Activist for non-profit org brags he sells banned critical race theory materials to schools by changing name: ‘I’m an evil salesman’

A teaching activist was caught this week on undercover camera admitting that he sells critical race theory curriculums to Georgia schools, despite the state’s ban on such content, by disguising the material as something else.

Quintin Bostic is a “content manager” for Teaching Lab, an education-based non-profit that promotes “educational equity.”

Teaching Lab specifically describes itself as a “non-profit organization whose mission is to fundamentally shift the paradigm of teacher professional learning for educational equity.”

In undercover conversations with Project Veritas, Bostic admitted that he sells CRT content to Georgia schools by simply not uttering the words critical race theory and, instead, pretending the content he’s selling just pertains to so-called equity.

Watch:

“If you don’t say the word critical race theory you can technically teach it. … And they don’t even know what’s going on. … They have no clue, and I’m like this is great — this is good,” he said in the clip above.

“I would say I’m a good salesman… but I’m also an evil salesman. Like, so bad,” he continued, adding that he sells his “work” to two specific counties — Fulton and Cobb.

Regarding Gov. Brian Kemp, the Republican who banned CRT content, Bostic said, “He’s like such an idiot. Like his wife does a lot of stuff on education here as a former teacher.”

Asked what would happen if Kemp’s wife discovered what he’s been doing, he said, “Oh I would be nailed, I’m sure.”

That is already happening. While Teaching Lab has defended Bostic, calling Project Veritas’ undercover videos “widely discredited” and “deceptively produced and edited,” the non-profit has also placed him on administrative leave.

“Project Veritas, a widely discredited activist group, released deceptively produced and edited videos of a Teaching Lab employee. The views expressed by the employee in these recordings are not the views of Teaching Lab, and are inaccurate and regrettable. The employee has been placed on administrative leave pending further review,” the non-profit said in a statement.

Continuing his remarks to Project Veritas’ undercover reporter, Bostic then slammed parents who oppose CRT as “ignorant” and praised the children who are “pushing” back against the growing anti-CRT movement across the states.

As previously reported, CRT is a hateful, divisive ideology that seeks to divide people based on race. It essentially says that some people (mainly white people) are “oppressors,” and other people (mainly black people) are “victims.”

To rectify this imbalance, CRT advocates recommend modern discrimination whereby the alleged “oppressors” are discriminated against, whereas the alleged “victims” are granted special rights and privileges.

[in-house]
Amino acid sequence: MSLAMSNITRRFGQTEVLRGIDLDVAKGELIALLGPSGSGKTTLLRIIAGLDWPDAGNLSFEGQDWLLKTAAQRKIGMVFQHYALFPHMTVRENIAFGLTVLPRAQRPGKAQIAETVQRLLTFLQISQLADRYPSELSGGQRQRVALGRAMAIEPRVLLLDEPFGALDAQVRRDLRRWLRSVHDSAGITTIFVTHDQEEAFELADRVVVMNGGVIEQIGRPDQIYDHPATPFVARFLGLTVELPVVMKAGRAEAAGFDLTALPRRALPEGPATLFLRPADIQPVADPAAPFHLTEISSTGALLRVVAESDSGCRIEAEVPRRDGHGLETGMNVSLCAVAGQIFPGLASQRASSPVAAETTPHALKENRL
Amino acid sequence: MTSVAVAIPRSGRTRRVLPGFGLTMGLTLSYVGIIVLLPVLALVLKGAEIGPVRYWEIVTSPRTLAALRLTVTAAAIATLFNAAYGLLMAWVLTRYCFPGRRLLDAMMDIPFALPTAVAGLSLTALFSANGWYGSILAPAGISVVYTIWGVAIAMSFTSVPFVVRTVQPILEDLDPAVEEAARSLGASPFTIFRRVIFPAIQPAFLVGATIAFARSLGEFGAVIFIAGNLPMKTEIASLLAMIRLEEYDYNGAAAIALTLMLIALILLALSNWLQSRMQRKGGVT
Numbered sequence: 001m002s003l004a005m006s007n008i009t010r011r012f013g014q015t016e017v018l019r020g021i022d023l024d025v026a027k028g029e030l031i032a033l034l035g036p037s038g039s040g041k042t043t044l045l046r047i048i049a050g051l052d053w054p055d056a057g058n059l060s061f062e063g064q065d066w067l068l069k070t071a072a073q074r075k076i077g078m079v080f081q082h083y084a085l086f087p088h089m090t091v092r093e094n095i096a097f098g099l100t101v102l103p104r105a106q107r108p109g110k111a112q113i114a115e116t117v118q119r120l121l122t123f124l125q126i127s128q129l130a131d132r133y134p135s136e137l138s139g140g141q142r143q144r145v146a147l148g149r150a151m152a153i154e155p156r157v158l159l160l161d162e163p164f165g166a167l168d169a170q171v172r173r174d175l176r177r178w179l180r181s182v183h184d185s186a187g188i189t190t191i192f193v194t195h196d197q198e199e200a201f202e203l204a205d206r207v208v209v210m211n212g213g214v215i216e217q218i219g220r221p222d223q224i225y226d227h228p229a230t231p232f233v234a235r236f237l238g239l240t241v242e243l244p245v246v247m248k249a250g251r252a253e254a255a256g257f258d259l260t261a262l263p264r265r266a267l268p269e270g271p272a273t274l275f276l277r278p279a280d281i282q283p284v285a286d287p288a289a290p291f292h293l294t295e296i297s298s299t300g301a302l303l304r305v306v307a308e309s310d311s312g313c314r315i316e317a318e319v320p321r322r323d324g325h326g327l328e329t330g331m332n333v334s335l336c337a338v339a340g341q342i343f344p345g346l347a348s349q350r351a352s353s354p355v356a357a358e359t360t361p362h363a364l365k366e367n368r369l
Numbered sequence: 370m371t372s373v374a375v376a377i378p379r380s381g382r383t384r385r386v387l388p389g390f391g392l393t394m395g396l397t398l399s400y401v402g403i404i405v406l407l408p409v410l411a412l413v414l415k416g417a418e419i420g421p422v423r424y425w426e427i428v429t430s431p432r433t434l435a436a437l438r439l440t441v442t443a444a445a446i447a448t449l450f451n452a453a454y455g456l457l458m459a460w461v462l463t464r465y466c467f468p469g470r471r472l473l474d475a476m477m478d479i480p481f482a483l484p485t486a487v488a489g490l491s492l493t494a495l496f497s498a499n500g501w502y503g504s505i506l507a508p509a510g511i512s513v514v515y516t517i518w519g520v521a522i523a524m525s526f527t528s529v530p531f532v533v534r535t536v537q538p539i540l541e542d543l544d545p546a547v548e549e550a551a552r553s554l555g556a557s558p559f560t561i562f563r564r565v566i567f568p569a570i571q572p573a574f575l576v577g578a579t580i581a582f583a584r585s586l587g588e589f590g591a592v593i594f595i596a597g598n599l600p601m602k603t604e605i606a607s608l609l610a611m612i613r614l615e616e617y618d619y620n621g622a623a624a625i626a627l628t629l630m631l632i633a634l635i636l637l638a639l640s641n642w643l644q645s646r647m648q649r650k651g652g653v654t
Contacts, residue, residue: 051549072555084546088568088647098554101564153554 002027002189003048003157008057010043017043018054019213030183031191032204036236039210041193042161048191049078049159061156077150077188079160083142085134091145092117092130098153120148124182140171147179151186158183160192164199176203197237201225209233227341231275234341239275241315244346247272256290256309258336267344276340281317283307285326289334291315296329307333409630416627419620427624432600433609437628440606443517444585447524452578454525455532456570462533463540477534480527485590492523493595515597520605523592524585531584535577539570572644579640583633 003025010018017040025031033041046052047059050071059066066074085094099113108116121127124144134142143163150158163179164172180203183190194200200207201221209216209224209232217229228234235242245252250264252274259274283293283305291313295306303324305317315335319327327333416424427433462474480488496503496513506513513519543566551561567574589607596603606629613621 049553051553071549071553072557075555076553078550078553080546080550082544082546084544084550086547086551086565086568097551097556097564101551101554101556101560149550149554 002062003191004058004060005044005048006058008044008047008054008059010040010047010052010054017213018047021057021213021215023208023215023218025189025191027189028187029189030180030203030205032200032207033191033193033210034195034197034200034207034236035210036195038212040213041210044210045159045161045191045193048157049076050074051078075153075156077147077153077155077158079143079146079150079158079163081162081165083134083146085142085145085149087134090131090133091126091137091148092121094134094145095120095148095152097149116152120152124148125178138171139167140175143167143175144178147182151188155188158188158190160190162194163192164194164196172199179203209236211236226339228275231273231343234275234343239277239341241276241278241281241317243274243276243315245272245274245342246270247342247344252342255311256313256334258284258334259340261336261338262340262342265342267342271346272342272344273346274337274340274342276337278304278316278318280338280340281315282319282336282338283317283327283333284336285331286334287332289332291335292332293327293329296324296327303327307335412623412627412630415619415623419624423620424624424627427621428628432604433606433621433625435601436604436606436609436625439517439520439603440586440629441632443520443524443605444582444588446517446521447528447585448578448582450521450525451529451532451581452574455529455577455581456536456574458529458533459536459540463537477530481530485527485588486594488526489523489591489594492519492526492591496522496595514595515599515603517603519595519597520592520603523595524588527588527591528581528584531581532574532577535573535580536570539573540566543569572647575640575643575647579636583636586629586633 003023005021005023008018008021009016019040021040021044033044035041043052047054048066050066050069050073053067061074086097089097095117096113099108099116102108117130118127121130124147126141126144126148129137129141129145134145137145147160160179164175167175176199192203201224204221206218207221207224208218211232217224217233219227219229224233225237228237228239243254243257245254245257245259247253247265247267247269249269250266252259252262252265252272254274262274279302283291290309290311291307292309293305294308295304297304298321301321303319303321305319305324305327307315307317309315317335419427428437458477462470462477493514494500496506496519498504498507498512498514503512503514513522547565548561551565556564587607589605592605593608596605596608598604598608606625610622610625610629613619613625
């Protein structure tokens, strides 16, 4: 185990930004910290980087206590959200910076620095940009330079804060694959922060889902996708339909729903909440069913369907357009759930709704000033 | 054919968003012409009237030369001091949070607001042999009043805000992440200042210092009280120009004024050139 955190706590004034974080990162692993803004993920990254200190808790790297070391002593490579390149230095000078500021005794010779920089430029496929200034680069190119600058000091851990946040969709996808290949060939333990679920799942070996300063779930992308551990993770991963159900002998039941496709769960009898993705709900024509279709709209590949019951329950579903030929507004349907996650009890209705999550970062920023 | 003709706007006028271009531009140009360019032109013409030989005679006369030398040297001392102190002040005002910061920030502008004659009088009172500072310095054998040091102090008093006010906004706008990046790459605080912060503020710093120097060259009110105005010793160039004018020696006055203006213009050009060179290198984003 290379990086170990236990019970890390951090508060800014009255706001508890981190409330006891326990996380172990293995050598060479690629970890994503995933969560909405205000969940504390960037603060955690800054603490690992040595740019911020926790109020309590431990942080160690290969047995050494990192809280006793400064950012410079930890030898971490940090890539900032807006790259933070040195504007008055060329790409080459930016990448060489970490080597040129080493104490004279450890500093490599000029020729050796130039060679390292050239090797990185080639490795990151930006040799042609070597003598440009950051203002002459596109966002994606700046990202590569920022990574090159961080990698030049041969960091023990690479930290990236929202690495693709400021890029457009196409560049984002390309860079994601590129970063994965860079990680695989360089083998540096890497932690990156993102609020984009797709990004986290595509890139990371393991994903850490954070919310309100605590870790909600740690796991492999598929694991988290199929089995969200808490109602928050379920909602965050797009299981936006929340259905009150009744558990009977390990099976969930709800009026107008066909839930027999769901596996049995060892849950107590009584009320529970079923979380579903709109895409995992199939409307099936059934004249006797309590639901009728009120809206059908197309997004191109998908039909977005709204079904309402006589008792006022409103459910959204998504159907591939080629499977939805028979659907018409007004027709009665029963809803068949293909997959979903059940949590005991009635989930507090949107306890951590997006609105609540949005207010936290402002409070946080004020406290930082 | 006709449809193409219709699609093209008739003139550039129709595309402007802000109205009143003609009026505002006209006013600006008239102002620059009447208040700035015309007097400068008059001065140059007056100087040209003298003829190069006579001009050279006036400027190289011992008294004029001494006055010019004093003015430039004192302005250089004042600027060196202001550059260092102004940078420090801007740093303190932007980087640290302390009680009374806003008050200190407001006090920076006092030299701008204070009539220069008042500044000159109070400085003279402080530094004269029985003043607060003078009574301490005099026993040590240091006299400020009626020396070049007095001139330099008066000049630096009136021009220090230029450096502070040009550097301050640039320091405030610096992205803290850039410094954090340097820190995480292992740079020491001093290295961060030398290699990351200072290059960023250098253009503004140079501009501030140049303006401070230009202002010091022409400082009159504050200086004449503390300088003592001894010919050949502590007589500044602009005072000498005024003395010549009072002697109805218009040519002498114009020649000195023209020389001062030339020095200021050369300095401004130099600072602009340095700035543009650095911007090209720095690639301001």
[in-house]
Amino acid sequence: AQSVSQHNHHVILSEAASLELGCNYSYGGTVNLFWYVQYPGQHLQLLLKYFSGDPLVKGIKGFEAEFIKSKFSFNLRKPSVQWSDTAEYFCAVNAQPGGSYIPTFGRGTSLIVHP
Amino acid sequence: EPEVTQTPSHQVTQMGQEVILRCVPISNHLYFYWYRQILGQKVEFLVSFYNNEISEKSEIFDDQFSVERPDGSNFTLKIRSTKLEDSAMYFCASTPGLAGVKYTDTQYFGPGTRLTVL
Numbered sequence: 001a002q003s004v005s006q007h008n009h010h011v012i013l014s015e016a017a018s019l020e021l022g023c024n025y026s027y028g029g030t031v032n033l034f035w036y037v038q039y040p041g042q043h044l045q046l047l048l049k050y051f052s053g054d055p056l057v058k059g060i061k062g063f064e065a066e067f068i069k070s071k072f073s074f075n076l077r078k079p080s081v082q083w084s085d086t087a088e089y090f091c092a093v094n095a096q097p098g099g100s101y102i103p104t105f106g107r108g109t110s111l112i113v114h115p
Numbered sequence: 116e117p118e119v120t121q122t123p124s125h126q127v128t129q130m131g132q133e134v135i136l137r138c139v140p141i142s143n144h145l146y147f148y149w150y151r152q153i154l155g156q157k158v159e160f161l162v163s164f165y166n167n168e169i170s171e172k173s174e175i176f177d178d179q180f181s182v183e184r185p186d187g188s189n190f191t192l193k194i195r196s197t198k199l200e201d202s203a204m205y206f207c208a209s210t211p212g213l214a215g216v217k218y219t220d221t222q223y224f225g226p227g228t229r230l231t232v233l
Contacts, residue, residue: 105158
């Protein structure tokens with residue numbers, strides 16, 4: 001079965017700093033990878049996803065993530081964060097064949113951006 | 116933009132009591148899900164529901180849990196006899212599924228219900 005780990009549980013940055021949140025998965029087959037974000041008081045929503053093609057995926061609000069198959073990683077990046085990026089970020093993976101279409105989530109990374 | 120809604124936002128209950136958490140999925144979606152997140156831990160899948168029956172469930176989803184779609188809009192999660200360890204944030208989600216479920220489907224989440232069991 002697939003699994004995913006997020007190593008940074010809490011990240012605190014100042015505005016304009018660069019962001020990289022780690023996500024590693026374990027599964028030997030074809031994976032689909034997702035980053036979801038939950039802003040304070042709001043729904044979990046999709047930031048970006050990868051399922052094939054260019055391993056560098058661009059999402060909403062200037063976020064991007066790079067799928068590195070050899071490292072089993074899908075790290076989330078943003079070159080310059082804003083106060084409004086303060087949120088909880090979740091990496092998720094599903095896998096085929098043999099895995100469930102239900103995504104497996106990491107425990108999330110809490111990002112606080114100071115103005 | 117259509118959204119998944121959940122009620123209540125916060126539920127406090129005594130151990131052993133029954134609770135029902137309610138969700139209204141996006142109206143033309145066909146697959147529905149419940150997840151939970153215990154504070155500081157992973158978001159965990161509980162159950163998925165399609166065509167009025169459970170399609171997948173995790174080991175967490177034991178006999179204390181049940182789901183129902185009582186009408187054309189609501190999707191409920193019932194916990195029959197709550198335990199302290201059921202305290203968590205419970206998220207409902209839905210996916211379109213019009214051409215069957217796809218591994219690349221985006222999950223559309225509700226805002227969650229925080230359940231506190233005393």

Bostic also said he doesn’t care if parents feel outraged over what he’s been doing.

“Who cares? I’m not part of the system – I can’t – I’m not gonna lose my job over it. The worst that’s gonna happen is y’all gonna be upset that I shared some knowledge. That’s the worst that’s gonna happen,” he said.

Hateful knowledge, to be exact.

In a separate statement, Teaching Lab claimed it has nothing to do with CRT.

“Teaching Lab does not currently operate in the state of Georgia, nor does it sell curriculum. Critical race theory is not a part of Teaching Lab’s professional learning model,” the non-profit said.

However, Project Veritas’ investigators have discovered proof otherwise:

During his discussions with an undercover Project Veritas reporter, Bostic also trash-talked his own employer.

“My boss is a freaking psychopath. … She’s running a non-profit but it’s for profit. … It [Teaching Lab] is like a scam lab,” he said at one point.

“I have people on my team who have never taught before but know sales…literally [they say] like, ‘I hate kids.’ I’m like, ‘Don’t say that in front of a partner, just keep it to yourself,'” he added.

He also complained about the non-profit’s funding mechanism.

“I said, ‘So, hypothetically these people [Gates Foundation] are funding you to build a program. Once the grant is over, you take the program, and you sell it to people – for money.’ I was like, ‘Is that legal?'” he said.

“She [his boss] was like, ‘It has nothing to do with me.’ She said, ‘The grant ended, we fulfilled the grant.’ And I’m like, ‘But we’re selling a product of the grant.’ She’s like, ‘It’s not my problem.’ And I’m like, ‘Wow.’ She’s like, ‘It’s non-profit work. People do it all the time.’ I’m like, ‘Is that legal?’”

Listen:

In addition to being put on administrative leave, Bostic now also faces the prospect of going to jail.

Indeed, in a statement of its own, the Georgia Department of Education made it clear that “attempts to promote or push” CRT and other hateful ideologies in Georgia schools “are illegal under the Project Students First Act signed into law in 2022.”

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